Supplementing with soluble corn fiber at two critical times in a woman’s life – adolescence and post-menopause – can help build and retain calcium in bone, according to new research from Purdue University.
“We are looking deeper in the gut to build healthy bone in girls and help older women retain strong bones during an age when they are susceptible to fractures,” says Connie Weaver, distinguished professor and head of nutrition science. “Soluble corn fiber, a prebiotic, helps the body better utilize calcium during both adolescence and post-menopause. The gut microbiome is the new frontier in health.”
The post-menopause findings are published in the American Journal of Clinical Nutrition, and the adolescent findings are published in Journal of Nutrition. The studies are funded by Tate & Lyle Ingredients America LLC. Weaver serves on the scientific advisory board for Pharmative LLC.
A prebiotic fiber passes through the gut for the microbes in the lower gut to digest. Here is where Weaver found that soluble corn fiber is broken down into short chain fatty acids to aid in bone health.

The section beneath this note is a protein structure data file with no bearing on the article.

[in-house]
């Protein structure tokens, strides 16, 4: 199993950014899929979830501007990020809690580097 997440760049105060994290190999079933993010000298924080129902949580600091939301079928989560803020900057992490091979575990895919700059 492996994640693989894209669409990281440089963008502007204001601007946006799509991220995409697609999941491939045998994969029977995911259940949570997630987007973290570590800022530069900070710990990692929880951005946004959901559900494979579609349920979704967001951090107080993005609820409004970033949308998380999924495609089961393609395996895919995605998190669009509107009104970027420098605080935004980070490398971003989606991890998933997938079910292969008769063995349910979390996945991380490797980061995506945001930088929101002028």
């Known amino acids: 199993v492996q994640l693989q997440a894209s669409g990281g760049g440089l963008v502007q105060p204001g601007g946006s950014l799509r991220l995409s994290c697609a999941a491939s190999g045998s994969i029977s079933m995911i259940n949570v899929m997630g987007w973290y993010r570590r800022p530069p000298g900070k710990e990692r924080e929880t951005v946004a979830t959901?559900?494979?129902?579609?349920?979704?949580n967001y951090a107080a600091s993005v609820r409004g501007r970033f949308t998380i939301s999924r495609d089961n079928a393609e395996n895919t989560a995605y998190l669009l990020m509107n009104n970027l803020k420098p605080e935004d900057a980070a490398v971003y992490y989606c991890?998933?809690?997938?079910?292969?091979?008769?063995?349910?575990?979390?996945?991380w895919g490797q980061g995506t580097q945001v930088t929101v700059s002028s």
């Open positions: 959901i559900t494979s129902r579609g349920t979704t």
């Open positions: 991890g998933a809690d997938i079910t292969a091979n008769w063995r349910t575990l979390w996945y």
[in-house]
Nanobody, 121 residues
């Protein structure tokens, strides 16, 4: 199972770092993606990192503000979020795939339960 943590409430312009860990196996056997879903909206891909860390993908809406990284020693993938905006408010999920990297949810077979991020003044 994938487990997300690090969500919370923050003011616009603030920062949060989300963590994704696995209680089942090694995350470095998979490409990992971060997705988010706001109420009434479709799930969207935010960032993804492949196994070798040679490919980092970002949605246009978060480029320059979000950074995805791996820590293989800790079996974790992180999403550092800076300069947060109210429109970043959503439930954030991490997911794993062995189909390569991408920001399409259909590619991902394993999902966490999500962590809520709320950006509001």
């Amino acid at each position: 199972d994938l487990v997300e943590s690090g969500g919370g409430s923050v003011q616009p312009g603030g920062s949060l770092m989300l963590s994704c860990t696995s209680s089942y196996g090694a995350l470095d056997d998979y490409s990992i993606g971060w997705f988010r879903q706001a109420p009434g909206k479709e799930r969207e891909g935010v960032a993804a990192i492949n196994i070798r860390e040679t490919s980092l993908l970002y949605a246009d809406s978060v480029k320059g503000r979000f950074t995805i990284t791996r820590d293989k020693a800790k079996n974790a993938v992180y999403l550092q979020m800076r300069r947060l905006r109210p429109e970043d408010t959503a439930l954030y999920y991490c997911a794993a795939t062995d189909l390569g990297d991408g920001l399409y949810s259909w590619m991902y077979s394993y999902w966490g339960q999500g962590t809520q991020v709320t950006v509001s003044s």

In the post-menopausal study, calcium retention was measured in 14 women by using an isotope to measure the excretion of 41Ca to measure bone loss. The women consumed 0 grams, 10 grams or 20 grams of this nondigestible carbohydrate each day for 50 days. Bone calcium retention was improved by 4.8 percent and 7 percent for those who consumed 10 grams and 20 grams, respectively. These amounts of soluble corn fiber would be found in supplement form.
“If projected out for a year, this would equal and counter the average rate of bone loss in a post-menopausal woman,” says Weaver, an expert in mineral bioavailability, calcium metabolism, botanicals and bone health. http://bit.ly/2bVlUTC